Dr. Bronner’s is of many liquid soaps found on store shelves, but what they’re doing behind the scenes as one of the most socially responsible companies out there is anything but standard. The family-owned company produces some of the highest quality USDA-certified organic, fairtrade personal care products, and they’re doing it with long-lasting social impact in mind.
Dr. Bronner’s ensures that each product meets their standards for environmental sustainability. They do this by packaging their soaps in 100 percent recyclable and biodegradable material. But even beyond product packaging, Dr. Bronner’s offers education to workers and farmers worldwide to ensure fair treatment practices. Additionally, the company works closely with partners on regenerative organic agriculture to support its mission toward overall environmental sustainability. Finally, to set the brand apart further, Dr. Bronner’s donates 33 percent of its profits to social and ecological projects.
Dr. Bronner’s serves as an excellent example of a company integrating and prioritizing corporate social responsibility, or CSR, into its business model. While some companies are in it for power, political advantage, or tax deductions, many exercise socially responsible decisions because they genuinely care about the environment and communities they serve.
This article will review some of the most socially responsible companies and how they are making a positive impact. Continue reading to learn:
- What corporate social responsibility means
- The good and bad reasons businesses participate in philanthropy
- The ten biggest corporate givers and what (and to who) they’re giving
- How truly socially responsible companies are leading by example
What Is Corporate Social Responsibility?
Exercising consciousness and care over one’s impact on society, the environment, and the economy demonstrates social responsibility. In companies, this means holding your business model, product, processes, supply chain, stakeholders, and consumers socially accountable.
Many businesses embrace this by integrating social responsibility programs (CSR programs) into their business model and culture. CSR is popular now because Gen Z and millennial generations take social issues very seriously, more so than preceding generations. A recent study by the Pew Research Center showed that 67 percent of Gen Z adults and 71 percent of millennial adults feel that climate change and sustainability should be a top priority.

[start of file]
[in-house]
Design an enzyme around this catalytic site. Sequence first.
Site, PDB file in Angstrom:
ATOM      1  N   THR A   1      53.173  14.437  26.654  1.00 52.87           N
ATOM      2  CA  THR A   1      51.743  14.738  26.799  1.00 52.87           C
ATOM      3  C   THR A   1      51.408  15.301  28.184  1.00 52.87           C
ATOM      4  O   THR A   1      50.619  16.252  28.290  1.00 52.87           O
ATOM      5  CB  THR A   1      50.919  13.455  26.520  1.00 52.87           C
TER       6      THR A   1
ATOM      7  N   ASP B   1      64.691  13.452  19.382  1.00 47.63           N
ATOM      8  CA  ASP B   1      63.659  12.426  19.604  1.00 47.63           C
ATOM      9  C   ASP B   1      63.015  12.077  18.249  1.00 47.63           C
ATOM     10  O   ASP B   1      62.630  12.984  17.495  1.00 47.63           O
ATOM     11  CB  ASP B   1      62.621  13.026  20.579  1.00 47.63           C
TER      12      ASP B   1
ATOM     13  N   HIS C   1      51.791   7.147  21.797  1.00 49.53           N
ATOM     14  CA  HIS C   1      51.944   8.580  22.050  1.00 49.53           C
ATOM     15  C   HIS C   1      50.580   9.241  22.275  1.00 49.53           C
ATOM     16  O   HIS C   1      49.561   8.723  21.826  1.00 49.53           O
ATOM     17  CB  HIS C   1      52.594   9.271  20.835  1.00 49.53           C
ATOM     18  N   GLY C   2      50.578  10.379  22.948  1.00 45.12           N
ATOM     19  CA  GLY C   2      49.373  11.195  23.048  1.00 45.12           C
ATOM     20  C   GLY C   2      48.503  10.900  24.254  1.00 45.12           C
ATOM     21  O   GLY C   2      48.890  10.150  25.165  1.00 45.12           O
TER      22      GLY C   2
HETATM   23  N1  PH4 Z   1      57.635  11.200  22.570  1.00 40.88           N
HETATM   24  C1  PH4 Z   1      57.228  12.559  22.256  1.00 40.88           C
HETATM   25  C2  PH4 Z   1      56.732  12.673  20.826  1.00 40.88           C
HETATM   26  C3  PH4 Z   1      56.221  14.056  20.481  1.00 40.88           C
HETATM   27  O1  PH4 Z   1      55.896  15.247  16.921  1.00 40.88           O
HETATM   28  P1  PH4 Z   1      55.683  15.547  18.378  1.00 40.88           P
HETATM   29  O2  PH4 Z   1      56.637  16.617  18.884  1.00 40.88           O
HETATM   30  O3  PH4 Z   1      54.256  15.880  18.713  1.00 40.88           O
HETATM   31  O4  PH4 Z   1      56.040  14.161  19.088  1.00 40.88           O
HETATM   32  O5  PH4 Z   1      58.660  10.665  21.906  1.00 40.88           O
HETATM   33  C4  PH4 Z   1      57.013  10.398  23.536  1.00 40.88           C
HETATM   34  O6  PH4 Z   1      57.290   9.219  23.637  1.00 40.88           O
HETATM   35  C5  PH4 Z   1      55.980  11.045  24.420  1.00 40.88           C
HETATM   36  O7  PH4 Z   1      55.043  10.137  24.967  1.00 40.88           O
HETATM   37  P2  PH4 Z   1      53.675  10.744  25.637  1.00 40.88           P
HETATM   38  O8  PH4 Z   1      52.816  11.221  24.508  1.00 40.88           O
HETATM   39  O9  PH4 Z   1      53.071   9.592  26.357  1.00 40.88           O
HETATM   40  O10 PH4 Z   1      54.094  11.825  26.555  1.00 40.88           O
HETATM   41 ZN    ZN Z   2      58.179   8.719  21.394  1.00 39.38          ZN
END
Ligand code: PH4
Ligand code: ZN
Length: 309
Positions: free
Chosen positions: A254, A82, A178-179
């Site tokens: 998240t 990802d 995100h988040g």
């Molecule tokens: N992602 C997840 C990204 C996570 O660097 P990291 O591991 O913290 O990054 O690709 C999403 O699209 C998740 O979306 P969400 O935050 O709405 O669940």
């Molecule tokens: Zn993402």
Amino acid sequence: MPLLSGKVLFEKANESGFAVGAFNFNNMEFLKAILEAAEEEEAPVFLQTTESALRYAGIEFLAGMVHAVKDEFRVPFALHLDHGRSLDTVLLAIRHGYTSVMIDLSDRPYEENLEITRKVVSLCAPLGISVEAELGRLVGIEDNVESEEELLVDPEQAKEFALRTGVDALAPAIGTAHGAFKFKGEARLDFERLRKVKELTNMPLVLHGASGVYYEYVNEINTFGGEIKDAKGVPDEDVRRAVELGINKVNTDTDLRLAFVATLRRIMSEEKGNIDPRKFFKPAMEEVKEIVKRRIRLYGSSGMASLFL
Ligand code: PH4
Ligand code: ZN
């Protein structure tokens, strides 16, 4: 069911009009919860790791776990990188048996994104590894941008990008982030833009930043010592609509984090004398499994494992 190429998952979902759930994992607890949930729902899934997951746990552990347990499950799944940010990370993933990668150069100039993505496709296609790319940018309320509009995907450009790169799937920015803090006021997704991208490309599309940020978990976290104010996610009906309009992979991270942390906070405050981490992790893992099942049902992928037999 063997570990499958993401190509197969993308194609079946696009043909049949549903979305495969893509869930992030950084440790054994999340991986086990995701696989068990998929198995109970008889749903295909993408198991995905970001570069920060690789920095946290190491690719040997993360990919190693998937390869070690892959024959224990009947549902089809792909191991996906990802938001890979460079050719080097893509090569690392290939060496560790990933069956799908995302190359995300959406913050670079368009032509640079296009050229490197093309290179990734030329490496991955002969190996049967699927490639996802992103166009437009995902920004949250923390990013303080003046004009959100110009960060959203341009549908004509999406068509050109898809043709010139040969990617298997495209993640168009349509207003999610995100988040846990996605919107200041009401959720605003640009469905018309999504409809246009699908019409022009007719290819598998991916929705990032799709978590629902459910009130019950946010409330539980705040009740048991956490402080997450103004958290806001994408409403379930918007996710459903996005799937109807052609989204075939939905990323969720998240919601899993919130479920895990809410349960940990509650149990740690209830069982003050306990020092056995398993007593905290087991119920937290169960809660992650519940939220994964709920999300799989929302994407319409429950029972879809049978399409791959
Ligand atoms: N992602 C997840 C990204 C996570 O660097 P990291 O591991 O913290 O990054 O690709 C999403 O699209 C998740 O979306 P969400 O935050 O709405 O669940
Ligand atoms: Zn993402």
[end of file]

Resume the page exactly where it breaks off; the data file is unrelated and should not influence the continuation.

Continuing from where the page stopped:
Practicing corporate social responsibility means examining your processes to determine areas where the economy, the environment, or society are being negatively impacted. Socially responsible companies ensure that each part of the business improves or furthers a social, economic, or environmental cause.
Why Businesses Exercise Corporate Social Responsibility
Businesses choose to participate in corporate social responsibility and philanthropy for many reasons—good and bad. While one company may have a genuine interest in renewable energy, another may be trying to improve its political position. Listed below are the top reasons businesses engage in CSR initiatives.
- Improve Public Image: Donating money or resources to a cause enables a company to show its values to its consumers, partners, and employees. This is great for building brand awareness and boosting public image.
- Increase Profits: When your customers see that your company practices social responsibility, they’ll spend more money with you. A 2019 Aflac survey showed that 77 percent of consumers make their spending decisions based on a company’s commitment to social impact.
- Get Tax Breaks: According to the IRS, corporations can deduct qualified charitable contributions to nonprofits of up to 25 percent of their taxable income. So, tax deductions can significantly impact your company’s bottom line. This incentive can be a driving motivation for some.
- Gain Political Leverage: Supporting the right organizations and initiatives could gain the attention and favor of influential people. Some businesses know this, and they plan their CSR initiatives accordingly. They do this in the hopes of gaining political leverage or other self-serving motives.
- Obtain Control for Self-Preservation: If a company is experiencing hardship or other issues, corporate social responsibility programs can help them regain positive control.
- Attract Top Talent: A study by the MRI Network revealed that millennials place a higher value on a company’s brand recognition, reputation, and values when applying for a job than on anything else.